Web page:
Work and personal commitments kept me from posting last week so here’s one a day early:
The Aviationist has an interesting story on the Foxhound “intercepting” the Blackbird:
“The scheme for intercepting the SR-71 was computed down to the last second, and the MiGs had to launch exactly 16 minutes after the initial alert. (…) They alerted us for an intercept at 11.00. They sounded the alarm with a shrill bell and then confirmed it with a loudspeaker. The appearance of an SR-71 was always accompanied by nervousness. Everyone began to talk in frenzied voices, to scurry about, and react to the situation with excessive emotion.”
I’ve heard rumors of Foxhound intercepts of Blackbirds before and given the technology involved in the Foxhound’s Zaslon (it was the world’s first passive electronically scanned array installed on a fighter) I suppose it’s possible. At certain aspects the -71s RCS is large enough to get a decent return for a fire control solution.
I’m always running into interesting things while doing research for content here. Yesterday, I ran into something called the Luneburg Lens.
Let’s start with the picture:
A radar reflector can be made from a Luneburg lens by metallizing parts of its surface. Radiation from a distant radar transmitter is focused onto the underside of the metallization on the opposite side of the lens; here it is reflected, and focussed back onto the radar station. A difficulty with this scheme is that metallized regions block the entry or exit of radiation on that part of the lens, but the non-metallized regions result in a blind-spot on the opposite side.
This is an Edwards AFB, F-22 Raptor launching an AIM-9L Sidewinder during testing. If you look aft of the missile’s exhaust plume you’ll notice an odd shape dorsally mounted on the aircraft fuselage. At first you may think it’s a camera that mounted to record launch of the missile but it’s a device meant to enhance the radar signature of the aircraft, called a Luneburg Lens.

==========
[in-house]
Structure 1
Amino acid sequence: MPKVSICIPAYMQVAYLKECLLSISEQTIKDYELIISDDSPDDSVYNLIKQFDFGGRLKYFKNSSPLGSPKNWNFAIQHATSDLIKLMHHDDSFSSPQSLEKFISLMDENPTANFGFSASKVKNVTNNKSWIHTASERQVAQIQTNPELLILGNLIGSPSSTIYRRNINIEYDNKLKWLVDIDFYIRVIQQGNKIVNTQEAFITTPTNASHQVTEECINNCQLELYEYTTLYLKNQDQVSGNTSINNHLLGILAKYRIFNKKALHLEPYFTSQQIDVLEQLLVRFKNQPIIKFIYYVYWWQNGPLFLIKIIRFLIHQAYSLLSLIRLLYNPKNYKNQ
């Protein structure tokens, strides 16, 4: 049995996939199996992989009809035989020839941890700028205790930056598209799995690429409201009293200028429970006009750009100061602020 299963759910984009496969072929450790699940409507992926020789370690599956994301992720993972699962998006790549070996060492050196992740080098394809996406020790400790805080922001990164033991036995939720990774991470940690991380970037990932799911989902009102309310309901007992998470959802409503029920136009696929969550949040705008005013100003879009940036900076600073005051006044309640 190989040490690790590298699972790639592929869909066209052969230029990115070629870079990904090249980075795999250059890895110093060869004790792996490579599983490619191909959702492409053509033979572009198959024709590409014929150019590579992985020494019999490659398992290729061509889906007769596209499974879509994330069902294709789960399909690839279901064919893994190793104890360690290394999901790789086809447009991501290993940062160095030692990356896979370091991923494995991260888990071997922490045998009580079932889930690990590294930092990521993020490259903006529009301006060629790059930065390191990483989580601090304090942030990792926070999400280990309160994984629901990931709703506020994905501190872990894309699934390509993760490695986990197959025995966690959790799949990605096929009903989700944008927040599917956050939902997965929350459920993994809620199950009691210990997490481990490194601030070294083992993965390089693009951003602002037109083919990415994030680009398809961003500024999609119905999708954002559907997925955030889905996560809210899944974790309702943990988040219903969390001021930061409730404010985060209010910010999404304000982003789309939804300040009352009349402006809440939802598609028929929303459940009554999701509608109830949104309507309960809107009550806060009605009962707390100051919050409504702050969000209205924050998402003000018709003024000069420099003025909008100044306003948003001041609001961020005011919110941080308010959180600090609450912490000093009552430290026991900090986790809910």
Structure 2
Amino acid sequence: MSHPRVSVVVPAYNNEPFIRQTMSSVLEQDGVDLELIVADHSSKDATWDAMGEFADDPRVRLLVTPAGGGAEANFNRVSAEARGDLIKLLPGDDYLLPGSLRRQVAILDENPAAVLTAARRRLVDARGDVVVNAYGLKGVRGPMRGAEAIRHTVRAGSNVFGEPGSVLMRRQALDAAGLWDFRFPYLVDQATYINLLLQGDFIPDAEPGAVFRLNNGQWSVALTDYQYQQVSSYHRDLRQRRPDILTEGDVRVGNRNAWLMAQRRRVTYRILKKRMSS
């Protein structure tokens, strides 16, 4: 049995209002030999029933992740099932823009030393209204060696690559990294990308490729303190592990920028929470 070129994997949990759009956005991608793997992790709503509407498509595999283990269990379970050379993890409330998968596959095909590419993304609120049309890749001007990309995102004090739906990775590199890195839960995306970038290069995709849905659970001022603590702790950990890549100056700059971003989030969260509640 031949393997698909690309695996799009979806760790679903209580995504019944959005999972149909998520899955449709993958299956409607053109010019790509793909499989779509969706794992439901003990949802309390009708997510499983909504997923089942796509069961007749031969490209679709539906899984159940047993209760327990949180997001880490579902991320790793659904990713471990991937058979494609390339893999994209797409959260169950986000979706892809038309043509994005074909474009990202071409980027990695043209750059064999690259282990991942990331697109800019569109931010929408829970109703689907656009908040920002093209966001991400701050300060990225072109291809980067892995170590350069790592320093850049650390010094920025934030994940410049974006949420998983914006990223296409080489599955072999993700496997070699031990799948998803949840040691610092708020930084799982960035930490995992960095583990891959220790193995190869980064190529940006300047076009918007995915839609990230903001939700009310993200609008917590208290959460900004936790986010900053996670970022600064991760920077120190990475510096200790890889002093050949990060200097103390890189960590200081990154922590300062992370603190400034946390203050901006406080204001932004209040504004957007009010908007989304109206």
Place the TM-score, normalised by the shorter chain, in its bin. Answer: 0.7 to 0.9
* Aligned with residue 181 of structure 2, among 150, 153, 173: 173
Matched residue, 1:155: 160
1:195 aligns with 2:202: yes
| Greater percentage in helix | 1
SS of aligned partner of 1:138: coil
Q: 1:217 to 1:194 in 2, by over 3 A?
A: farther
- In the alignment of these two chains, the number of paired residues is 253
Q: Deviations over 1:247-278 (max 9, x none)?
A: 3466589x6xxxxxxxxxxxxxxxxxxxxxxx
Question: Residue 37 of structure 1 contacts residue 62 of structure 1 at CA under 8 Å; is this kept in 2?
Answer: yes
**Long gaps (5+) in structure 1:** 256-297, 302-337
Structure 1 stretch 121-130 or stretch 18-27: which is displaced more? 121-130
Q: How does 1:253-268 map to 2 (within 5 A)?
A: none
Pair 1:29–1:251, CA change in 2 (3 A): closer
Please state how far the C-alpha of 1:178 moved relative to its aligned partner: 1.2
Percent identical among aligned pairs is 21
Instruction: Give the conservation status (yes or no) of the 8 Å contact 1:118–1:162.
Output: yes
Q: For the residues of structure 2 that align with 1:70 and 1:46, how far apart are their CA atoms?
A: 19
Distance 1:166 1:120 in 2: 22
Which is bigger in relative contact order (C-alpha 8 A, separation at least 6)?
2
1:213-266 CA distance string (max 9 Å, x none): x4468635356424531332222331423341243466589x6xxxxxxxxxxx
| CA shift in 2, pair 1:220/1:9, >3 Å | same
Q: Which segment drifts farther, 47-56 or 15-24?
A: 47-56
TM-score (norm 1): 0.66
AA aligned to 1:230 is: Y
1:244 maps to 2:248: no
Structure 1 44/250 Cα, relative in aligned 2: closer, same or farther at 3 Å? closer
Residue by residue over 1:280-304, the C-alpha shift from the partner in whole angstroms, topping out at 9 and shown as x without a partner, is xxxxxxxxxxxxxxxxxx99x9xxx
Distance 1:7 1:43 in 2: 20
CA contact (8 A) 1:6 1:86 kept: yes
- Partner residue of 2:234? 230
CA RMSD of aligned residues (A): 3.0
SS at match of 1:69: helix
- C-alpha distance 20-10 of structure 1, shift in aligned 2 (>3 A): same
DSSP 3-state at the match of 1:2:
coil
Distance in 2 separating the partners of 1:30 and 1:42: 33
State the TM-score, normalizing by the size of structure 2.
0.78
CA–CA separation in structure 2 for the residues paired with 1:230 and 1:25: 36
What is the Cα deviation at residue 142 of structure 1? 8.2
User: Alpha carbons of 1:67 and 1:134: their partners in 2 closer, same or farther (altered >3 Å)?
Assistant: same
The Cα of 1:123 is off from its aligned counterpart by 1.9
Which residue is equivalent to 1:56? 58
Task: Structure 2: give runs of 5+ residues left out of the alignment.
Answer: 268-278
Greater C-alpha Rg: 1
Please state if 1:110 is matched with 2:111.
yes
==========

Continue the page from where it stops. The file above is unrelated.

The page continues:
Luneburg Lenses are used in radar reflectors to enhance radar signature of low-observable aircraft to operate in airspace that’s being controlled/observed by air traffic control. Here’s a closer look on how it appears on the F-22:
It’s kind of a grainy image so we’ll try another view of the lens on the F-22:
Here’s a close-up (again apologizes for the graininess):
The Luneberg Lenses are also used in target drones such as this Teledyne-Ryan Firebee II drone (the lens appears above the forward wheel of the dolley and aft of the air intake):
In this case the Lenses are used to enhance the radar signature in order to more accurately simulate radar signature of threat aircraft.
Luneburg Lenses are also used in the airlines to enhance signals for in-flight entertainment systems (IFEs).
I’m sure that most readers are already familiar but, since I don’t work in aerospace, I thought it was an interesting aside.
The Museum of Flight located in Everett, Washington is undertaking restoration of a Vought F-8 Crusader, known as
the greatest fighter ever developed. However this isn’t just any F-8. The aircraft undergoing restoration is BuNo: 138899, was the first F-8 built served as the prototype for a production run totaling 1219 aircraft.
The Museum has a website dedicated to the restoration of this aircraft:
’899′ made 509 flights during five years of flight testing, after which it was donated to the Smithsonian National Air and Space Museum in 1960. After being stored at the Silver Hill, Maryland restoration facility for a number of years, and a few other intermediate stops, the airplane was moved to the Museum of Flight’s Restoration Center in Everett, Washington, where it is currently under restoration.
Here’s how 899 currently looks in the restoration hangar at the Museum of Flight:
Here’s 899 undergoing painting:
Its an interesting restoration and the restoration staff is doing a great job. I’m sure will have more on this in the future.
From teh interwebs, some cool shots of VFC-12 Hornets in the “SU-35″ paint scheme:
Some shots from the NSAWC ramp at Fallon:
You: Those were some cool shots!
YHS: I know right!?
You: When are you going to, oh I don’t know, actually write something. I mean now ya got that cool coffee mug and all.
YHS: Oh I’m sorry your were speaking?
Found out on the interwebs.
Learn more about Bell’s X-22 here.
Last month the PLANAF (People’s Liberation Army Naval Air Force) publicly displayed the J-15 Flying Shark and J-10S Vigorous Dragon at Xi’an in China’s northwest Shaanxi province. Here are some photos from that event.
An interesting glance into China’s naval fighter force.